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Interface engineering in electrode materials is an attractive strategy for enhancing charge storage, enabling fast kinetics, and improving cycling stability for energy storage systems. Nevertheless, the performance improvement is usually ambiguously ascribed to the “synergetic effect”, the fundamental understanding toward the effect of the interface at molecular level in composite materials remains elusive. In this work, a well-defined nanoscale MoS2/TiO2 interface is rationally designed by immobilizing TiO2 nanocrystals on MoS2 nanosheets. The role of heterostructure interface between TiO2 and MoS2 by operando synchrotron X-ray diffraction (sXRD), solid-state nuclear magnetic resonance, and density functional theory calculations is investigated. It is found that the existence of a hetero-interfacial electric field can promote charge transfer kinetics. Based on operando sXRD, it is revealed that the heterostructure follows a solid-solution reaction mechanism with small volume changes during cycling. As such, the electrode demonstrates ultrafast Na+ ions storage of 300 mAh g−1 at 10 A g−1 and excellent reversible capacity of 540 mAh g−1 at 0.2 A g−1. This work provides significant insights into understanding of heterostructure interface at molecular level, which suggests new strategies for creating unconventional nanocomposite electrode materials for energy storage systems.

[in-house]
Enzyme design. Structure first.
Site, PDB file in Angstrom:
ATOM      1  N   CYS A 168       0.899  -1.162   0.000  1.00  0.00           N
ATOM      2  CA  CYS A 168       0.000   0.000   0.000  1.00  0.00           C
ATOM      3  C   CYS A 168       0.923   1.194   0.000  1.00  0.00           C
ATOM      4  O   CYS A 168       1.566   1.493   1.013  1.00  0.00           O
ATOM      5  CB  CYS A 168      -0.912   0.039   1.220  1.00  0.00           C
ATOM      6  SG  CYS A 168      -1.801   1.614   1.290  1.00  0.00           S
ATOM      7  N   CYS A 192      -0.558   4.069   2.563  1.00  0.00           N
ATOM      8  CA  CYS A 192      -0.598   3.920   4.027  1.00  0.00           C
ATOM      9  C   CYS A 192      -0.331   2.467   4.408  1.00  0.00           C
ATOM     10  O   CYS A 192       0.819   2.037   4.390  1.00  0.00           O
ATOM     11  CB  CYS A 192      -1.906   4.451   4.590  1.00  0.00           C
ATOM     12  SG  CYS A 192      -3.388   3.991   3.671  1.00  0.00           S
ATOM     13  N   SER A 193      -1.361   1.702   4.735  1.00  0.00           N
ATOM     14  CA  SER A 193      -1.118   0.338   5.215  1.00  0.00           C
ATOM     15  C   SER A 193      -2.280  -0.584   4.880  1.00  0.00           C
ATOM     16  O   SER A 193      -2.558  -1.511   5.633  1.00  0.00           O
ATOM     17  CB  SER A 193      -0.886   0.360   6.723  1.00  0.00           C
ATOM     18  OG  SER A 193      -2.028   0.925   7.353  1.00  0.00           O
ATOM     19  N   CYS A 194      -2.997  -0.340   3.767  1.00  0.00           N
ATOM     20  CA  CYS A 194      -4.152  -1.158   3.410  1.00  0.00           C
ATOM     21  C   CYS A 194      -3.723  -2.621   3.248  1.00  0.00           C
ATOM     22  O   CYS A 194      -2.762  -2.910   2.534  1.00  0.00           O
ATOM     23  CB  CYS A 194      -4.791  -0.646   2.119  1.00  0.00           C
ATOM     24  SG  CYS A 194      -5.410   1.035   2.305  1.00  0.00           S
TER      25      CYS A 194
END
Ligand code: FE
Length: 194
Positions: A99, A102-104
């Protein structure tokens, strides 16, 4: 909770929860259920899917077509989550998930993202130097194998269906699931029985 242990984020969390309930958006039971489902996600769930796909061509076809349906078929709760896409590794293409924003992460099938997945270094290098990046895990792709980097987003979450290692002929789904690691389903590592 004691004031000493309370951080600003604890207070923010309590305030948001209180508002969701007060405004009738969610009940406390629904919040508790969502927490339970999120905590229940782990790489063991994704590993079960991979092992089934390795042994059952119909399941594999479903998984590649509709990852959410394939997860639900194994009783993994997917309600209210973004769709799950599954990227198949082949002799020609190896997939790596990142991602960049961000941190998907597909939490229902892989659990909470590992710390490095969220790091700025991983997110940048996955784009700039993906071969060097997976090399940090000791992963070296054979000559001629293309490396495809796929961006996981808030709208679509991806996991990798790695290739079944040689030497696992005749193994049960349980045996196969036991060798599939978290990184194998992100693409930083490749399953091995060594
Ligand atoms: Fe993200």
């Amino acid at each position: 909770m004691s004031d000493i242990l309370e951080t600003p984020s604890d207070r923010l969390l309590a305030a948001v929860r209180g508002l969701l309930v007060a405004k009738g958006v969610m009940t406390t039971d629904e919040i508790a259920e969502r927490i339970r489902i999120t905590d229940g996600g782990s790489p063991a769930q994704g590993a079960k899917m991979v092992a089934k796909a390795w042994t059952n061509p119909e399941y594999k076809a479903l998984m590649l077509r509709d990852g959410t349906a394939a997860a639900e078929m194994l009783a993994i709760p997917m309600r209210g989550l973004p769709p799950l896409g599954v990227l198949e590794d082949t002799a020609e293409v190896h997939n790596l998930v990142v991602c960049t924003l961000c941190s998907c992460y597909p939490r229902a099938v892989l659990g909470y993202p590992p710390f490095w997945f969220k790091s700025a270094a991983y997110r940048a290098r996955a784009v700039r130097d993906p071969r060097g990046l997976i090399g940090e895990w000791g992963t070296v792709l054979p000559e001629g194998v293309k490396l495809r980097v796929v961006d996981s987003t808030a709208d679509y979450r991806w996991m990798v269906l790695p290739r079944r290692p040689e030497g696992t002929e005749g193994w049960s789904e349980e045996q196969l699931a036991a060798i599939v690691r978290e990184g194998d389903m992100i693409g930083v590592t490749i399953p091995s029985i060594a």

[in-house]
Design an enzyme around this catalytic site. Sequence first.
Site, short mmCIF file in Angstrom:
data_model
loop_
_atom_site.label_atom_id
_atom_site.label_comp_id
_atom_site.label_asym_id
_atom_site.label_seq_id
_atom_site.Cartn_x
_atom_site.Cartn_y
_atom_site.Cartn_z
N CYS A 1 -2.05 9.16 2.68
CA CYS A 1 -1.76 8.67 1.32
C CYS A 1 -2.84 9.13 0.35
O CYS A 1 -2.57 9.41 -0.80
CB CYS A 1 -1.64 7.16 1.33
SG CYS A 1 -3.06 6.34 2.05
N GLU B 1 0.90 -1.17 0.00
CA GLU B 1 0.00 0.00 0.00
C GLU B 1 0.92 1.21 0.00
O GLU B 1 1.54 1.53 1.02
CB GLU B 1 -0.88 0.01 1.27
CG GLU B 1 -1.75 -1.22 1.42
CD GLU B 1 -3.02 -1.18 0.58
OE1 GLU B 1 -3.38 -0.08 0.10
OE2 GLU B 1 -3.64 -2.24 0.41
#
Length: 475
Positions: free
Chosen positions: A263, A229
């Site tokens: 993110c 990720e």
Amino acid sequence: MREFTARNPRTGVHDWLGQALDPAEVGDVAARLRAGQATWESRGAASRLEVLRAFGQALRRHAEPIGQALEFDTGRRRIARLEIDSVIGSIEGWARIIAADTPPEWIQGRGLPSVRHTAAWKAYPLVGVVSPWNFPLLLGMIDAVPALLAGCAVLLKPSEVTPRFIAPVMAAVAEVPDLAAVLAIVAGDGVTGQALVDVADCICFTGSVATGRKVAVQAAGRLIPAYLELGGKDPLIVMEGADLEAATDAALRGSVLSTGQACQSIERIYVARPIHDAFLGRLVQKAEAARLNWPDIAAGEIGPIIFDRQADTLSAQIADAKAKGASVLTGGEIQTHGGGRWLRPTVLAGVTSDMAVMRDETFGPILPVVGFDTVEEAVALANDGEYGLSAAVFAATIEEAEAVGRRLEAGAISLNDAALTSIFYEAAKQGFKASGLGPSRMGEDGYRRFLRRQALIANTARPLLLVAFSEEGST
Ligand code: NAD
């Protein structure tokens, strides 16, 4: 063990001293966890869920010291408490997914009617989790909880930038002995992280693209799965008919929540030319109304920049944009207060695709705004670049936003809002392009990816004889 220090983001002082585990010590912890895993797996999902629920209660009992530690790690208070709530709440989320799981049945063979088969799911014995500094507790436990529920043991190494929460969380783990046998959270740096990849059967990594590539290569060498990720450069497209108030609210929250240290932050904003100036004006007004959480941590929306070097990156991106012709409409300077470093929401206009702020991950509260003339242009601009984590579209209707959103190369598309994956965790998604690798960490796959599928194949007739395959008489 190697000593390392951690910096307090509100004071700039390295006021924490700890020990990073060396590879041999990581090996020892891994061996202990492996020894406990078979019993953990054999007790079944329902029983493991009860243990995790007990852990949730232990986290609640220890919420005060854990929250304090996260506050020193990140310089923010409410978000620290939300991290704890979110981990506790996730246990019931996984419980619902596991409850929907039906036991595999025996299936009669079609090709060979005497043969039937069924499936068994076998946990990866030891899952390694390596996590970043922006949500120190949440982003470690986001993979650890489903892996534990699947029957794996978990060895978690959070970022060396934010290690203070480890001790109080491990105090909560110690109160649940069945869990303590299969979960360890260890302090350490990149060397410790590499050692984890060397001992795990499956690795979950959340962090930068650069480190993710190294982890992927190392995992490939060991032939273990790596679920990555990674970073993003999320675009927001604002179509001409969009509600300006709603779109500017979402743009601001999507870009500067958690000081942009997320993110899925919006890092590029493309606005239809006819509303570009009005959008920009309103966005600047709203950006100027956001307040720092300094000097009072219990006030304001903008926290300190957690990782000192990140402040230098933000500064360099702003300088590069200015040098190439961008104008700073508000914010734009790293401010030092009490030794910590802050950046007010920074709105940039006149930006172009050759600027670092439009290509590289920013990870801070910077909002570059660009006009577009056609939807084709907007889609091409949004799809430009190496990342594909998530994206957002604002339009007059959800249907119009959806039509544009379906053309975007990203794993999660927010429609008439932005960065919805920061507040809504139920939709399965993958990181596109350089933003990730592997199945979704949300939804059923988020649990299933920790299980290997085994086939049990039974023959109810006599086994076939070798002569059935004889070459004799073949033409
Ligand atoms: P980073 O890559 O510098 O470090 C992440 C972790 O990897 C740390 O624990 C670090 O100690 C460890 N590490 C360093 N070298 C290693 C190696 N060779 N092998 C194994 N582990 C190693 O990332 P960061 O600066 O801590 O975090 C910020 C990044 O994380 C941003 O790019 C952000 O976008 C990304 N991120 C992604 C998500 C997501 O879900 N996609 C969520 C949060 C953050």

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Creative Commons Attribution 4.0 International License
This work is licensed under a Creative Commons Attribution 4.0 International License.